It’s mile 23 of the marathon when my calves feel like they’re about to give out and the soles of my feet feel raw. The temperature for Newport, Oregon is unseasonably warm – it’s 72 but it feels like 80, which in Ginger Degrees may as well be 100.
I went a good ten miles without any shade whatsoever. My phone died ten miles in, so I’ve had no media to distract me. I’m drenched in sweat and to keep myself cool, I’ve dunked water on my head at every aid station, so I’ve given up re-applying sunscreen to my very fair skin. It is only now, two miles out from the finish that I fall back on my own personal Impermanence Mantra, a gentle reminder to myself that nothing, not even this discomfort, is lasting.
This is nothing close to my ideal conditions, a cool breezy Oregon coast day, cloudy and misty, making for a refreshing run in the Pacific Northwest, and a personal best under five hours. This is everything but that.
Still, there is no despair. Everything about my training prepared me for the things that didn’t go well. I’ve run under these conditions plenty of times before, and I know how to take care of myself.
The hard stuff prepares you for this. Every moment of difficulty, every rough patch, every point of contention is an opportunity for you to learn something new, a new strategy, and a new way to cope.
My performance and my reaction to uncomfortable circumstances was an indicator of how the effort I put into training and how much I had prepared myself. (Believe me, I’ve had races where I didn’t work as hard as I could have in training and it showed in my finishing time.)
The work you put into the practice – the discomfort you experience – prepares you when the stakes are raised. On days when you don’t want to do the work, it pushes you out of your comfort zone.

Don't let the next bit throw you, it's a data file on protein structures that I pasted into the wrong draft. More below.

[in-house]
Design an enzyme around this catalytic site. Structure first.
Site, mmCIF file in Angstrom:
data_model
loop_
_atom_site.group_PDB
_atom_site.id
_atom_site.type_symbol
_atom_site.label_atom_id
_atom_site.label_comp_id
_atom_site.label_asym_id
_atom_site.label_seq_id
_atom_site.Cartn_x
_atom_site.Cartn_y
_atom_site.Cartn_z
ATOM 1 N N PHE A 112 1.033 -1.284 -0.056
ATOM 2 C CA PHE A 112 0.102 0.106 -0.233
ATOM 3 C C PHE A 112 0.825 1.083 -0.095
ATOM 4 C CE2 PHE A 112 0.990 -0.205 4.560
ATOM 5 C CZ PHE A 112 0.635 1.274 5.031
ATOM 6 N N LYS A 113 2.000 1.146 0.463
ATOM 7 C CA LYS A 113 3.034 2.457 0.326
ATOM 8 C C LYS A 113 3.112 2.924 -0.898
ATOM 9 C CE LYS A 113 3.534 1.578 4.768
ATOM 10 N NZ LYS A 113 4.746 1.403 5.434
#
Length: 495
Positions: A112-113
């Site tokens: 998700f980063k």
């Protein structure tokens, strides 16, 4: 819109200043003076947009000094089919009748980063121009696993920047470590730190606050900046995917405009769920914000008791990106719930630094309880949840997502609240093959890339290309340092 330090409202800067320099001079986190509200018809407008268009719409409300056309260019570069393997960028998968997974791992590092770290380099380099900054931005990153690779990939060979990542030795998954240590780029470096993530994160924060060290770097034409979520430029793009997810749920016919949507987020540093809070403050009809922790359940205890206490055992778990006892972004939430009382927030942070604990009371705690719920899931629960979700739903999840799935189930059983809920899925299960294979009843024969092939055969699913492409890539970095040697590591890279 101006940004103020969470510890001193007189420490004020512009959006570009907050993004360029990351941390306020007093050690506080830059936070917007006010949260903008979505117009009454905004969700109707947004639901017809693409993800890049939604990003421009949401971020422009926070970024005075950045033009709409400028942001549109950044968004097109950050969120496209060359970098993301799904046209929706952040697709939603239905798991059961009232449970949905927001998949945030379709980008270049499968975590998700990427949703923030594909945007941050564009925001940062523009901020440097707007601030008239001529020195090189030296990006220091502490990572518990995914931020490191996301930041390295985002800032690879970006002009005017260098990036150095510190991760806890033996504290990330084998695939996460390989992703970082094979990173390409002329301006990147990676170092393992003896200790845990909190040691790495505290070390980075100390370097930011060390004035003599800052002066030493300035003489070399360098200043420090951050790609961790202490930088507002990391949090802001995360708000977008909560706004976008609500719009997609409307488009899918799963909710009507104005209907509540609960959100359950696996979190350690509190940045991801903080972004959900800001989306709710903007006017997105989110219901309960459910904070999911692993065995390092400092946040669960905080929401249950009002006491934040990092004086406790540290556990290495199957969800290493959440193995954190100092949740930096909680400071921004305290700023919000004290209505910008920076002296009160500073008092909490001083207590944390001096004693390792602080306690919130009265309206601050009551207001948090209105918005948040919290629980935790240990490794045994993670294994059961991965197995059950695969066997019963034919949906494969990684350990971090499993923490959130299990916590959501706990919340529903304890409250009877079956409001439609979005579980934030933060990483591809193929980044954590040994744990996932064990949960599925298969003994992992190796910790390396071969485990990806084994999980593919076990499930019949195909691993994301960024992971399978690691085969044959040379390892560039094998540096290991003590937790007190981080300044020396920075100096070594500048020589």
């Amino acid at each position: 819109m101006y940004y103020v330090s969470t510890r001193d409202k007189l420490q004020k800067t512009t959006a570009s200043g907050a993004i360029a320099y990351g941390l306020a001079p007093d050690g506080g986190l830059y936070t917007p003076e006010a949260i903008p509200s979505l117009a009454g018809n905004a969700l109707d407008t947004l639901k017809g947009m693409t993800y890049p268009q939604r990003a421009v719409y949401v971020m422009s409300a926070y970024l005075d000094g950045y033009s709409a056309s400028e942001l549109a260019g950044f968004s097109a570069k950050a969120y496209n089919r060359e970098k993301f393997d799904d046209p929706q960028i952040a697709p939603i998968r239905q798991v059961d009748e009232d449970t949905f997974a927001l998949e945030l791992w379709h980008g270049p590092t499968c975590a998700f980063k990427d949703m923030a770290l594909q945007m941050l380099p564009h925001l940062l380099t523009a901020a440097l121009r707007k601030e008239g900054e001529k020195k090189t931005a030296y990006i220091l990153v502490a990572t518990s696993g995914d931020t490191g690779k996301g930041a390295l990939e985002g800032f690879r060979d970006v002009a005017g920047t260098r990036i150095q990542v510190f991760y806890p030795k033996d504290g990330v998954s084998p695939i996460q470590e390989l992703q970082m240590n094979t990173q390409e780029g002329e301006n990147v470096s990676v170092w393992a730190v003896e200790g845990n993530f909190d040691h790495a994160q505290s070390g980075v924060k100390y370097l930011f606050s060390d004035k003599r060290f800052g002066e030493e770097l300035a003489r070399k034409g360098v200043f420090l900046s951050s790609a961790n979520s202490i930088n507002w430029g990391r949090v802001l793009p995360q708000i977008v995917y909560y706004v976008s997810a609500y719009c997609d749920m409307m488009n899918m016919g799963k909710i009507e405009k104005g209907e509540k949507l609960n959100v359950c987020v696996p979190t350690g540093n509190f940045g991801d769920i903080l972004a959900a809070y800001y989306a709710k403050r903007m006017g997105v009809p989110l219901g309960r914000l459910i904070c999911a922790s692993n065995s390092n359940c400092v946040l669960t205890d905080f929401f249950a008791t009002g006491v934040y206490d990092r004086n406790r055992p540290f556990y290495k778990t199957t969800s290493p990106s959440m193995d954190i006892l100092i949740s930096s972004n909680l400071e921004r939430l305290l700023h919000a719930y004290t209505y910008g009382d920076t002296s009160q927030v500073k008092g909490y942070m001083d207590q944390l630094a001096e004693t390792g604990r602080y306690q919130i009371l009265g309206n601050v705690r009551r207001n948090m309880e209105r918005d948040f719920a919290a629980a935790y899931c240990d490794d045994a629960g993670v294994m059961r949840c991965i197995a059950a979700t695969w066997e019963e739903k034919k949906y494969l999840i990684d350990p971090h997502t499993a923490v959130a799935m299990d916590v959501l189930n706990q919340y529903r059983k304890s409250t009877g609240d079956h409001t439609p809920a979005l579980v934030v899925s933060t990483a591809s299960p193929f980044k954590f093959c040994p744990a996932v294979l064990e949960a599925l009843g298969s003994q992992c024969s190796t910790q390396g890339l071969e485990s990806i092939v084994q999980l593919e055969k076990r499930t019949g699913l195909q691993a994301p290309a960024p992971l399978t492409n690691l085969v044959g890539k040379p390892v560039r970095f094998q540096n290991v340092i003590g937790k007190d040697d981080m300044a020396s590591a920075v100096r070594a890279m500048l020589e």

After my race I was talking to someone who asked me whether I placed and whether I got any prize money out of it, which of course I hadn’t. He then asked me, disbelieving, “Why would you do something like that?” and I said, “To see what I’m made of.” He was surprised that I would do it at all without promise of prize money, and I was surprised (and a little sad) at how little he understood the concept of “seeing what you’re made of”. All of my best growth has come from the quest to see what I’m made of.
But it also made me think about the runners who did do it for the prize money and the chance to place. To perform at that level, they have to train at ten times the passion and effort and dedication than I ever did. I could do something like that, but I don’t want it enough. I give my passion, effort, and dedication to other things, because I want them even more.
Wherever you finish, you do everything it takes to get there, whatever you’re making or training for or practicing. Never leave anything to doubt.
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